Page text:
Straight up, the answer is no, Newfoundlands shouldn’t really have chocolate!
This is because chocolates have certain components that don’t blend too well with a Newfoundlands’ digestive system, such as theobromine (which is somewhat like a sort of caffeine).
Theobromine also affects a Newfoundlands’ central nervous system, kidneys, and even the heart! Newfoundlands have a hard time metabolizing this substance, unlike humans.
This means that this toxic component has a tendency to build up in a Newfoundlands’ body, making it harmful for them.
The Other Effects Of Theobromine
When Newfoundlands eat this sweet snack, high doses of theobromine might result in seizures, muscle tremors, vomiting, internal bleeding, and even heart attack!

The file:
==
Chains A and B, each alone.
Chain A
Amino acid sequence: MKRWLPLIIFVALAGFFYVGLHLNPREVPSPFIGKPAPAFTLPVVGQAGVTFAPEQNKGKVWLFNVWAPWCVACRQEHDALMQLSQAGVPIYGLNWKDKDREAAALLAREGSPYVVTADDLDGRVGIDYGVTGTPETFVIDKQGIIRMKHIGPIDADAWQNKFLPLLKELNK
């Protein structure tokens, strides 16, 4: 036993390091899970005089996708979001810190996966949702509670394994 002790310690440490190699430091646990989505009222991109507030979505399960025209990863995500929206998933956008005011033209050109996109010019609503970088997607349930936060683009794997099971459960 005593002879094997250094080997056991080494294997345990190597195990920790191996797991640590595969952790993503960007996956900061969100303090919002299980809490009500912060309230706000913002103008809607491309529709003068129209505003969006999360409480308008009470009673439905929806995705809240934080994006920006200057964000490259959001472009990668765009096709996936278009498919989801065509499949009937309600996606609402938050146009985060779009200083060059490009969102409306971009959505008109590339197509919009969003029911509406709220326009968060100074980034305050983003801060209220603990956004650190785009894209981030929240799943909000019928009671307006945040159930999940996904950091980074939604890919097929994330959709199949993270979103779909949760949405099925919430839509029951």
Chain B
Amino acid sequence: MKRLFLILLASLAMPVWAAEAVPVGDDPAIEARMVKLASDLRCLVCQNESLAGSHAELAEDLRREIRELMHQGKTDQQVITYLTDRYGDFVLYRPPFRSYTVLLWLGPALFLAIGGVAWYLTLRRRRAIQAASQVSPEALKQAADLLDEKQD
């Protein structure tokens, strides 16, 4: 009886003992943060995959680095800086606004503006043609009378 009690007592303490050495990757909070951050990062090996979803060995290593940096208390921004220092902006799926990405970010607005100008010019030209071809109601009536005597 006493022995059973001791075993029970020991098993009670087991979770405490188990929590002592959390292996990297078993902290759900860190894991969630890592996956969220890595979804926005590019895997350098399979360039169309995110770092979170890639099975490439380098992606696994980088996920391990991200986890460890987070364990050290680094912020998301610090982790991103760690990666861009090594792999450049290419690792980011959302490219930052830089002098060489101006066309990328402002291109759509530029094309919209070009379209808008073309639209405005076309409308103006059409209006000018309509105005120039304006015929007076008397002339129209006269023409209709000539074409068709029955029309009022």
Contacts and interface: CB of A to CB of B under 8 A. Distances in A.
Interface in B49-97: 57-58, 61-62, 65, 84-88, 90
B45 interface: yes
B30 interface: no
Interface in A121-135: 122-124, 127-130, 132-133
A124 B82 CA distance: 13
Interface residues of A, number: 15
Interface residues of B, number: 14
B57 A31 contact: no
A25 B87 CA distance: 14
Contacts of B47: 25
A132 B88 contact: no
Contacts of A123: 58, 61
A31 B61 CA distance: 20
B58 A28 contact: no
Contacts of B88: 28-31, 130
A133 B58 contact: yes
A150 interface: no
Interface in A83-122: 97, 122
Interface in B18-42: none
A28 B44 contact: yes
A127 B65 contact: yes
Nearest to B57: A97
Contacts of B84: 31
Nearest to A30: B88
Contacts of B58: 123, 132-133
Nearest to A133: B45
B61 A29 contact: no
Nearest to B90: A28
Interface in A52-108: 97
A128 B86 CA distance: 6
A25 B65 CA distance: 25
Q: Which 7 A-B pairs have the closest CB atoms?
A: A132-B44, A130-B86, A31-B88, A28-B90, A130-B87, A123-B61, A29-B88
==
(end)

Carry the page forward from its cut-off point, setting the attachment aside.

Are All Chocolate Types Dangerous?
According to studies, dark chocolate and bitter-tasting chocolates tend to be much more dangerous for your pet. Milk chocolate affects Newfoundlands less but can be equally dangerous when eaten in great amounts.
Symptoms You Should Look Out For
When suspecting Newfoundlands to have eaten any type of chocolate or potential poisoning, you can always look out for clinical signs like hyperactivity, diarrhea, vomiting, restlessness, increased urination, and an abnormal heart rate. These symptoms tend to appear within the first 6 to 12 hours upon excessive intake.
My Dog Ate Chocolate. What Should I Do?
If you suspect that your dog has eaten chocolate, you should immediately contact your veterinarian.
While you can always consider your dog’s size and type, it’s best to leave care and potential treatment to the professionals.
For light cases, vets usually rely on the vomiting method for Newfoundlands. Depending on how serious the case is, supplemental treatment can also be the way to go.